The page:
Home-schooled Marco Island student aces the ACT
“Anyone who is willing to put in the time and effort” can achieve a score of 36 on the ACT college entrance exam," said Ulysses Bunten. Don’t believe him. Only one-tenth of one percent of students who take the test – and for the 2017 school year, that was over two million high school seniors – achieve a 36, the highest possible score.
And Ulysses did it as a home-schooled student. He lives on Marco Island with his parents William and Elizabeth Bunten, as well as a sister who they were putting on a flight back to frigid Boston earlier this week. She attends Olin College of Engineering in Needham, Mass., and that is the school on which Ulysses has set his sights.
“I want to go into electrical or computer engineering, artificial intelligence, machine learning,” he said, sitting at the dining room table with mom and dad. Clearly, they were proud parents, but laughed when asked if they helped Ulysses with his homework.
“Elizabeth and I took Calc. 1 about 107 years ago,” said William Bunten. He and Elizabeth met in architecture school.
“I’m starting Calc. 3 and Physics 2 this week,” said Ulysses. While he is home-schooled, and a high school senior, he is double-enrolled at Florida Southwestern State College, and will also be tutoring other students in calculus at the FSW tutoring center this semester.
While he used to do his academic work in his bedroom at home, said Ulysses, “I’ve been pretty much living at the tutoring center” this school year. He does have an “electronic projects corner” in the living room of the waterfront family home, where he and his dad “geek out” on computer-related projects, with chairs side by side.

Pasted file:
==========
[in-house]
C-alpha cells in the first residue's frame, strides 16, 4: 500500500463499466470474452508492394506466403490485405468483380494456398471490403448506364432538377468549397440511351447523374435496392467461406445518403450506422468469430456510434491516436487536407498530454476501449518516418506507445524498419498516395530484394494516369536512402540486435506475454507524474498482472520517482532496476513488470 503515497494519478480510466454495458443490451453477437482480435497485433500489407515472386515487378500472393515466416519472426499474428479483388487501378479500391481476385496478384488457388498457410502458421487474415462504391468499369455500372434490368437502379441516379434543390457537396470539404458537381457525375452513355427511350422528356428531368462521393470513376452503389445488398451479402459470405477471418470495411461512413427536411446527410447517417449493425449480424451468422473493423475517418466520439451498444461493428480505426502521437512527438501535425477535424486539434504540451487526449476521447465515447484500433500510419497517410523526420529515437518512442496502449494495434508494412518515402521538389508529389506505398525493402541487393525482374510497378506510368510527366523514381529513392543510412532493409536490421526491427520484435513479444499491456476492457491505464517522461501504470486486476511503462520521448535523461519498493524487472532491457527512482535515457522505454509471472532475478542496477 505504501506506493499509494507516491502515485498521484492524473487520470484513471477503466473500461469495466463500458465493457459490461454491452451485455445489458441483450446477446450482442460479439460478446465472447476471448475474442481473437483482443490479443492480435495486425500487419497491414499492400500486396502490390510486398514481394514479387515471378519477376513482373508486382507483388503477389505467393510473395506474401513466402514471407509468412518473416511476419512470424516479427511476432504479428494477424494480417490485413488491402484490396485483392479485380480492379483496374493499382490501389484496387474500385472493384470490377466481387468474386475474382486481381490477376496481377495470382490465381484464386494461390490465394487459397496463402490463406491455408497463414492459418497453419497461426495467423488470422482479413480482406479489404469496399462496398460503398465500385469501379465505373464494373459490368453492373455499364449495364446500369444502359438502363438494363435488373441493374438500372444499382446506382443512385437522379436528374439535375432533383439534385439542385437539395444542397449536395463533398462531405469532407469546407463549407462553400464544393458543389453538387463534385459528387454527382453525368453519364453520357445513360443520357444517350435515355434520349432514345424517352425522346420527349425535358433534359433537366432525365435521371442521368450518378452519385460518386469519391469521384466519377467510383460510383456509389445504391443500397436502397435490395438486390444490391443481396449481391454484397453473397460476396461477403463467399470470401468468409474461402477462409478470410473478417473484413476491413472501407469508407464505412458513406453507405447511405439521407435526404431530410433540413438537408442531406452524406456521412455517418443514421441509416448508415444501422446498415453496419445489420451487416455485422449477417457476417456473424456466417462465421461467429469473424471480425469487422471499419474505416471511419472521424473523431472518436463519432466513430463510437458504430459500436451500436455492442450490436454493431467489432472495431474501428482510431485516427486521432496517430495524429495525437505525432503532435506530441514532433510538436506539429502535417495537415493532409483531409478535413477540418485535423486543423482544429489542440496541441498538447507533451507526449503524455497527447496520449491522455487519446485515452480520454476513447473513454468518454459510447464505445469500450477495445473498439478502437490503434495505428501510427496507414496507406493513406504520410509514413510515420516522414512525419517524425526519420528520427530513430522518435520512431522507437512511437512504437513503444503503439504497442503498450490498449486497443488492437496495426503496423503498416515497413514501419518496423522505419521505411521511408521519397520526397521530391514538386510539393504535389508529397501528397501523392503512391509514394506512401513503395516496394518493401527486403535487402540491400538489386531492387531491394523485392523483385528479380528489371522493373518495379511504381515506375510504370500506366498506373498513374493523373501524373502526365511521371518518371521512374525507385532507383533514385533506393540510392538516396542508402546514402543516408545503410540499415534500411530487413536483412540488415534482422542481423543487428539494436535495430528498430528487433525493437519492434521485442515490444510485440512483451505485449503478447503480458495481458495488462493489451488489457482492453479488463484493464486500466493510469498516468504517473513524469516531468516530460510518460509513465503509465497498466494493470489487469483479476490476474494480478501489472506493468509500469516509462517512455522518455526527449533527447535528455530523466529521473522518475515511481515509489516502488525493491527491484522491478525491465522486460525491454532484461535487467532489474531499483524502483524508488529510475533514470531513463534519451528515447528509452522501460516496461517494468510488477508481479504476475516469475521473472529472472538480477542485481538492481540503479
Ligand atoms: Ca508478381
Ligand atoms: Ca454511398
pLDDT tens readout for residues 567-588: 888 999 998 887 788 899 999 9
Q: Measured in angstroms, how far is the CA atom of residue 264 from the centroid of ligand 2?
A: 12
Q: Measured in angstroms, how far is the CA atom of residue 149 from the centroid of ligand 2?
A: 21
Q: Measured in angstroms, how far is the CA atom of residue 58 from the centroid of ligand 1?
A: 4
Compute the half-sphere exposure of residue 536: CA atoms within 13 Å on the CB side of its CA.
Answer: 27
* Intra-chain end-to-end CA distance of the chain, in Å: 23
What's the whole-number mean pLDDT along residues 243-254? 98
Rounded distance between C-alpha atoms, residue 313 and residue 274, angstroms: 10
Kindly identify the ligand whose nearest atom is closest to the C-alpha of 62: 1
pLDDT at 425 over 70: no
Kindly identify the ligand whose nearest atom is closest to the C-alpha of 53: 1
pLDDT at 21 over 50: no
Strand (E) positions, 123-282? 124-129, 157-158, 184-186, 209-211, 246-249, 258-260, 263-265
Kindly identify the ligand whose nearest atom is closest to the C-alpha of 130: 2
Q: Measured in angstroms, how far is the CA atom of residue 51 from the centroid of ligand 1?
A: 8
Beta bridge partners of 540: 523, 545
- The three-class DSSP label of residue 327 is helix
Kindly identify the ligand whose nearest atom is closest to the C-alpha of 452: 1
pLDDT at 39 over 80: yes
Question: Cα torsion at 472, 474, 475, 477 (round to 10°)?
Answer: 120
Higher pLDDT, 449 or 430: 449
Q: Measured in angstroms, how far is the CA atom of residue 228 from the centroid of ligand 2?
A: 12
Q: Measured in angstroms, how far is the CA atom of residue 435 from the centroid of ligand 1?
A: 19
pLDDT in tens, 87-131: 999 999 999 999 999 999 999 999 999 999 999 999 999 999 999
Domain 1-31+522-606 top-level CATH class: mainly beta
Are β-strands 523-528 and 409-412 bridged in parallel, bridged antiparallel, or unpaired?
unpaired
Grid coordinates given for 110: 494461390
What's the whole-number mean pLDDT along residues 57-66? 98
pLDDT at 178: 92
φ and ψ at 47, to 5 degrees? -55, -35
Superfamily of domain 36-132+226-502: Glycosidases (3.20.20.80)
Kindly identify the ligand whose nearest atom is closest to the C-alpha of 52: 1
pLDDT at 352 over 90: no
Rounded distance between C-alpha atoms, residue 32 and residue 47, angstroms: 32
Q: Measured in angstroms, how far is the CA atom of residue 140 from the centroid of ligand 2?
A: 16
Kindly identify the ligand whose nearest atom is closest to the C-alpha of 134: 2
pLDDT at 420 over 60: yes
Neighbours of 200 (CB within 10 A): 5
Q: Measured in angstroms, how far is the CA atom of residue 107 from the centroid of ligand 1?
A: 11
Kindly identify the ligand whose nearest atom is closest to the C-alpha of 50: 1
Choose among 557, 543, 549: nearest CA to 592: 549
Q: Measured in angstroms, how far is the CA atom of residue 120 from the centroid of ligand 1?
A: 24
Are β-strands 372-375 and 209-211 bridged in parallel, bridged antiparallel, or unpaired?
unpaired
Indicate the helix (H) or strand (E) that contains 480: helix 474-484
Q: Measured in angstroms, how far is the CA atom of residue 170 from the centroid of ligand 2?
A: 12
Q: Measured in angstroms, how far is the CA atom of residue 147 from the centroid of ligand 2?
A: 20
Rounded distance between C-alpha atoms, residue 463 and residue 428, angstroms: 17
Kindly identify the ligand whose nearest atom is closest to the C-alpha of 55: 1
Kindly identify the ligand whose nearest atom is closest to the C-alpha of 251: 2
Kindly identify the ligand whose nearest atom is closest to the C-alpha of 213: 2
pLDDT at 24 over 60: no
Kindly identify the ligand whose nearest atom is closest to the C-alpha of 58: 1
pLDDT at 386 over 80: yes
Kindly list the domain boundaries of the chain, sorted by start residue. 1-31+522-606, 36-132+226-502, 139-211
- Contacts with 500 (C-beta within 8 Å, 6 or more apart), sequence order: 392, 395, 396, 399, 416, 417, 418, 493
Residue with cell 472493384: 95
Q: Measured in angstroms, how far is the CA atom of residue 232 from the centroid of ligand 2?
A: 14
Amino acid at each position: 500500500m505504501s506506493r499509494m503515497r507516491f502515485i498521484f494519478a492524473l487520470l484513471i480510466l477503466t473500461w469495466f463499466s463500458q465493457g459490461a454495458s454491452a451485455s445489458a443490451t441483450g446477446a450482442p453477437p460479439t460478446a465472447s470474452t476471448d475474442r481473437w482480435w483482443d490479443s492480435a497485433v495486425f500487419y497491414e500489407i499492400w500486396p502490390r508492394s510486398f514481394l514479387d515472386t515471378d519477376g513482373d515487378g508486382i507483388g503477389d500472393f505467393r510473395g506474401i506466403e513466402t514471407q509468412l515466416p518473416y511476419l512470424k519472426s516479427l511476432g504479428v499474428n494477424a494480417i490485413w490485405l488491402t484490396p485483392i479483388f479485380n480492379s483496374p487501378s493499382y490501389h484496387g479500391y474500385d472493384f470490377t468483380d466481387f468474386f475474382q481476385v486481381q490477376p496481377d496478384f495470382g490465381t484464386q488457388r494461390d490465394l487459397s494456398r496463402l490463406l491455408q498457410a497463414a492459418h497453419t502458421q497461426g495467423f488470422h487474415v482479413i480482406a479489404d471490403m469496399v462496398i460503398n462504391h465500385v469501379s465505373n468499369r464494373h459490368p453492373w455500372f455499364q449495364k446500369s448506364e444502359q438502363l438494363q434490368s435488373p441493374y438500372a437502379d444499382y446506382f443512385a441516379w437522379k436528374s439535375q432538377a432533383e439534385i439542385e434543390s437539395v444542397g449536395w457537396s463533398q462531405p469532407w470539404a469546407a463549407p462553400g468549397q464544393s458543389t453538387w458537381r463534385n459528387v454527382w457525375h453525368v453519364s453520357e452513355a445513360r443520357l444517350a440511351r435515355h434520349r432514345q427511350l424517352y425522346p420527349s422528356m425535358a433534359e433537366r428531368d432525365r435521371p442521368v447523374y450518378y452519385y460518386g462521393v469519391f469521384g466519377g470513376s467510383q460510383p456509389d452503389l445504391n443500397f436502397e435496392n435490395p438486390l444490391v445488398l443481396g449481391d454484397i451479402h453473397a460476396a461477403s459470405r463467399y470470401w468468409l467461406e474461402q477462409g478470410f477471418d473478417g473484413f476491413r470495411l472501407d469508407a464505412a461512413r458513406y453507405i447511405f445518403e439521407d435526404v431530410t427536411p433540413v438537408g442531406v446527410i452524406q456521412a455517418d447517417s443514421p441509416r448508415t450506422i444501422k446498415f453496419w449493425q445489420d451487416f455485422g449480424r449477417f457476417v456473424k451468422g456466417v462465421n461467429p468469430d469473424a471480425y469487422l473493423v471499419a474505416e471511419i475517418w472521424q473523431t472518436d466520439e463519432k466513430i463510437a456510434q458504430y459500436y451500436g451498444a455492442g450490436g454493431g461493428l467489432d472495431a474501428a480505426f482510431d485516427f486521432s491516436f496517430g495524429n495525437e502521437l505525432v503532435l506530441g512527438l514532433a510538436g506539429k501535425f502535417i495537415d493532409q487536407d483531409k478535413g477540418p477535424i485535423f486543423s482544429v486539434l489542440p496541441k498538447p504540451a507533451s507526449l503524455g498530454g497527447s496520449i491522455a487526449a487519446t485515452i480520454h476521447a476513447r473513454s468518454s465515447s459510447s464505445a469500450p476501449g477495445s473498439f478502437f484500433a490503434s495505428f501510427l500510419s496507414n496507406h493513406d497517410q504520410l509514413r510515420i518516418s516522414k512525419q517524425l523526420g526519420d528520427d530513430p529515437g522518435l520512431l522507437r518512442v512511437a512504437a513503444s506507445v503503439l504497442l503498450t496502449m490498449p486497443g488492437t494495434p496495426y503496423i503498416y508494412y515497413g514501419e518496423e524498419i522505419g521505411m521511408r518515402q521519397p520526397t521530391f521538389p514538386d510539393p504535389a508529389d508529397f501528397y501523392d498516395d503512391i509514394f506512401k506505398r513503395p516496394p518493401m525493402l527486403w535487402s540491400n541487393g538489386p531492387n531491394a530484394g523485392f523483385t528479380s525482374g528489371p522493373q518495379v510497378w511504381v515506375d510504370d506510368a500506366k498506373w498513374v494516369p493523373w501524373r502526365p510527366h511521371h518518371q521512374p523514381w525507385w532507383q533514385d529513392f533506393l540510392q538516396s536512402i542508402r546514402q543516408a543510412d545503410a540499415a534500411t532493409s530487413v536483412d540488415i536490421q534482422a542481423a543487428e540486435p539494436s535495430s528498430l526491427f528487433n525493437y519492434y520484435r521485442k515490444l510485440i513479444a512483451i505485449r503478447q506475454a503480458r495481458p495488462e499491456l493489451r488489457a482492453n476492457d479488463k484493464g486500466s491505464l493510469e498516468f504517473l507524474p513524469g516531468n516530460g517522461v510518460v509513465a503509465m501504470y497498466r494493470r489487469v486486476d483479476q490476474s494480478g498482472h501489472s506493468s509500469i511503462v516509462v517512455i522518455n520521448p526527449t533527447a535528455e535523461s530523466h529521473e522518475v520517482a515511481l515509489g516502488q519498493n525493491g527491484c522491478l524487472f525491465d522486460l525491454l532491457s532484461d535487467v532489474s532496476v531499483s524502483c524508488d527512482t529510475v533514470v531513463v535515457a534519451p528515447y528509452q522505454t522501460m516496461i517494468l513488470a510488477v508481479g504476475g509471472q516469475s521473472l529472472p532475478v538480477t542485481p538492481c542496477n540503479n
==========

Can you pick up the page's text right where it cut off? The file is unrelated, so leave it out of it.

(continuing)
Ulysses is heavily into computer coding. “I did a book in C,” a computer language, he said, studied Java in middle school, and has also worked in Pro*C, Python and PHP. If you’re not sure what all of those signify, join the rest of us.
This past year, Ulysses took up chess, and was just coming from the Marco Island chess club run by Wade Keller before speaking to a reporter.
But he also gets involved in “right brain” activities, and was “Mr. Three Sports,” in his dad’s phrase, before a serious knee malady limited his athletic activity. Ulysses participated in track and cross country with the Lely High team, concentrating on pole vaulting before getting a total knee reconstruction.
His recovery went well; “I dance almost every day,” said Ulysses. “I have a lot of fun with it. I was offered a job as a dance instructor.”
He prefers hip hop and street dancing, which includes popping, animation, and “botting,” where one moves in a robotic manner – so maybe there is a tie back to the computer science/AI focus of his academic work.
According to their news release, the ACT consists of tests in English, mathematics, reading and science, each scored on a scale of 1–36. A student's composite score is the average of the four test scores. In a letter to Ulysses, and presumably other perfect score attainers, ACT Chief Executive Officer Marten Roorda stated, “Your achievement on the ACT is significant and rare. While test scores are just one of multiple criteria that most colleges consider when making admission decisions, your exceptional ACT composite score should prove helpful as you pursue your education and career goals.”
The ACT is a curriculum-based achievement exam that measures what students have learned in school. Students who earn a 36 composite score have likely mastered all of the skills and knowledge they will need to succeed in first-year college courses in the core subject areas. ACT scores are accepted by all major four-year colleges and universities across the U.S.
Ulysses was “up in the air” about taking the ACT versus the SAT, said William Bunten. “The SAT kept changing, so the prep books weren’t necessarily up to date. The ACT seemed to be the test most competitive schools were looking for.”